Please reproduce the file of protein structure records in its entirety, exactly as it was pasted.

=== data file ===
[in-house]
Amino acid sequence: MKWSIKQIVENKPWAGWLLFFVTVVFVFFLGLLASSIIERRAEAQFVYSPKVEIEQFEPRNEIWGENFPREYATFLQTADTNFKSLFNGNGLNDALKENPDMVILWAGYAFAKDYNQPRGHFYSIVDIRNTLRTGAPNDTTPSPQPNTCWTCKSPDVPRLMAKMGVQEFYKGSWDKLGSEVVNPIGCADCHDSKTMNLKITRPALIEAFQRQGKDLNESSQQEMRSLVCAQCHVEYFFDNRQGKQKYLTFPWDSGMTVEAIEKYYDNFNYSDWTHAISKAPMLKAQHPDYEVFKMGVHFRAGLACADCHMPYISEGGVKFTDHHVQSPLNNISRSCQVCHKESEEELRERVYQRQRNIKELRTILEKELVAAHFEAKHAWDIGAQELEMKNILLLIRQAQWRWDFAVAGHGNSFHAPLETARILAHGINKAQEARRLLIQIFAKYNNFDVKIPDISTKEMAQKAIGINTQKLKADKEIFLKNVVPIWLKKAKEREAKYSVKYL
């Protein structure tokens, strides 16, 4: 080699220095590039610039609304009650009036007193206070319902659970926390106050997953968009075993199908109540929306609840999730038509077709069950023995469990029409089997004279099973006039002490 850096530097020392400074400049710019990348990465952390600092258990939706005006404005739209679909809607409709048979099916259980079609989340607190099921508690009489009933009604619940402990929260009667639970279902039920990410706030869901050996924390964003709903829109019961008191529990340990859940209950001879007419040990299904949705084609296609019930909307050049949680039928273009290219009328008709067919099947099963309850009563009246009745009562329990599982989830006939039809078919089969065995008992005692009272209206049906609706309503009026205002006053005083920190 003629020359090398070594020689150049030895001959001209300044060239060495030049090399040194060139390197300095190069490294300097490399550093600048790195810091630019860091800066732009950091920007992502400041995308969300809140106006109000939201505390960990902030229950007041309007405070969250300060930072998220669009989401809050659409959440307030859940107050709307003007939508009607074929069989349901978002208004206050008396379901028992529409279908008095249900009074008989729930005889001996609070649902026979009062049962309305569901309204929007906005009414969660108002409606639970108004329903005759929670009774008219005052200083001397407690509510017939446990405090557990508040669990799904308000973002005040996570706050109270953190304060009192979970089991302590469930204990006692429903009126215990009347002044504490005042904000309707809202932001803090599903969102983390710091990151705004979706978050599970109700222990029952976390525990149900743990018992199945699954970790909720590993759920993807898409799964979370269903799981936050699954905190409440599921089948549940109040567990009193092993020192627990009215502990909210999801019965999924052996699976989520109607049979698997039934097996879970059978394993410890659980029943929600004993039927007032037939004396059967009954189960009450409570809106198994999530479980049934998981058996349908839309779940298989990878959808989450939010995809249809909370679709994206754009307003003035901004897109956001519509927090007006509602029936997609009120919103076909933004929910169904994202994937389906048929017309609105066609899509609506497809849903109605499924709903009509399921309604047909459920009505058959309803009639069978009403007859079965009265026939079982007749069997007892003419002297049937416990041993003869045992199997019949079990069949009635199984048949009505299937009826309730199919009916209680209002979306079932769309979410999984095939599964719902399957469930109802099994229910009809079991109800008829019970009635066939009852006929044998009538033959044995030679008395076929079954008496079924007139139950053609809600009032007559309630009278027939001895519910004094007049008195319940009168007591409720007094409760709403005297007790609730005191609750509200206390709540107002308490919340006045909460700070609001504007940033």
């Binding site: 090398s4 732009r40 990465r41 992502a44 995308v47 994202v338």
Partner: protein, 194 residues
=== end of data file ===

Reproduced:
[in-house]
Amino acid sequence: MKWSIKQIVENKPWAGWLLFFVTVVFVFFLGLLASSIIERRAEAQFVYSPKVEIEQFEPRNEIWGENFPREYATFLQTADTNFKSLFNGNGLNDALKENPDMVILWAGYAFAKDYNQPRGHFYSIVDIRNTLRTGAPNDTTPSPQPNTCWTCKSPDVPRLMAKMGVQEFYKGSWDKLGSEVVNPIGCADCHDSKTMNLKITRPALIEAFQRQGKDLNESSQQEMRSLVCAQCHVEYFFDNRQGKQKYLTFPWDSGMTVEAIEKYYDNFNYSDWTHAISKAPMLKAQHPDYEVFKMGVHFRAGLACADCHMPYISEGGVKFTDHHVQSPLNNISRSCQVCHKESEEELRERVYQRQRNIKELRTILEKELVAAHFEAKHAWDIGAQELEMKNILLLIRQAQWRWDFAVAGHGNSFHAPLETARILAHGINKAQEARRLLIQIFAKYNNFDVKIPDISTKEMAQKAIGINTQKLKADKEIFLKNVVPIWLKKAKEREAKYSVKYL
């Protein structure tokens, strides 16, 4: 080699220095590039610039609304009650009036007193206070319902659970926390106050997953968009075993199908109540929306609840999730038509077709069950023995469990029409089997004279099973006039002490 850096530097020392400074400049710019990348990465952390600092258990939706005006404005739209679909809607409709048979099916259980079609989340607190099921508690009489009933009604619940402990929260009667639970279902039920990410706030869901050996924390964003709903829109019961008191529990340990859940209950001879007419040990299904949705084609296609019930909307050049949680039928273009290219009328008709067919099947099963309850009563009246009745009562329990599982989830006939039809078919089969065995008992005692009272209206049906609706309503009026205002006053005083920190 003629020359090398070594020689150049030895001959001209300044060239060495030049090399040194060139390197300095190069490294300097490399550093600048790195810091630019860091800066732009950091920007992502400041995308969300809140106006109000939201505390960990902030229950007041309007405070969250300060930072998220669009989401809050659409959440307030859940107050709307003007939508009607074929069989349901978002208004206050008396379901028992529409279908008095249900009074008989729930005889001996609070649902026979009062049962309305569901309204929007906005009414969660108002409606639970108004329903005759929670009774008219005052200083001397407690509510017939446990405090557990508040669990799904308000973002005040996570706050109270953190304060009192979970089991302590469930204990006692429903009126215990009347002044504490005042904000309707809202932001803090599903969102983390710091990151705004979706978050599970109700222990029952976390525990149900743990018992199945699954970790909720590993759920993807898409799964979370269903799981936050699954905190409440599921089948549940109040567990009193092993020192627990009215502990909210999801019965999924052996699976989520109607049979698997039934097996879970059978394993410890659980029943929600004993039927007032037939004396059967009954189960009450409570809106198994999530479980049934998981058996349908839309779940298989990878959808989450939010995809249809909370679709994206754009307003003035901004897109956001519509927090007006509602029936997609009120919103076909933004929910169904994202994937389906048929017309609105066609899509609506497809849903109605499924709903009509399921309604047909459920009505058959309803009639069978009403007859079965009265026939079982007749069997007892003419002297049937416990041993003869045992199997019949079990069949009635199984048949009505299937009826309730199919009916209680209002979306079932769309979410999984095939599964719902399957469930109802099994229910009809079991109800008829019970009635066939009852006929044998009538033959044995030679008395076929079954008496079924007139139950053609809600009032007559309630009278027939001895519910004094007049008195319940009168007591409720007094409760709403005297007790609730005191609750509200206390709540107002308490919340006045909460700070609001504007940033």
């Binding site: 090398s4 732009r40 990465r41 992502a44 995308v47 994202v338």
Partner: protein, 194 residues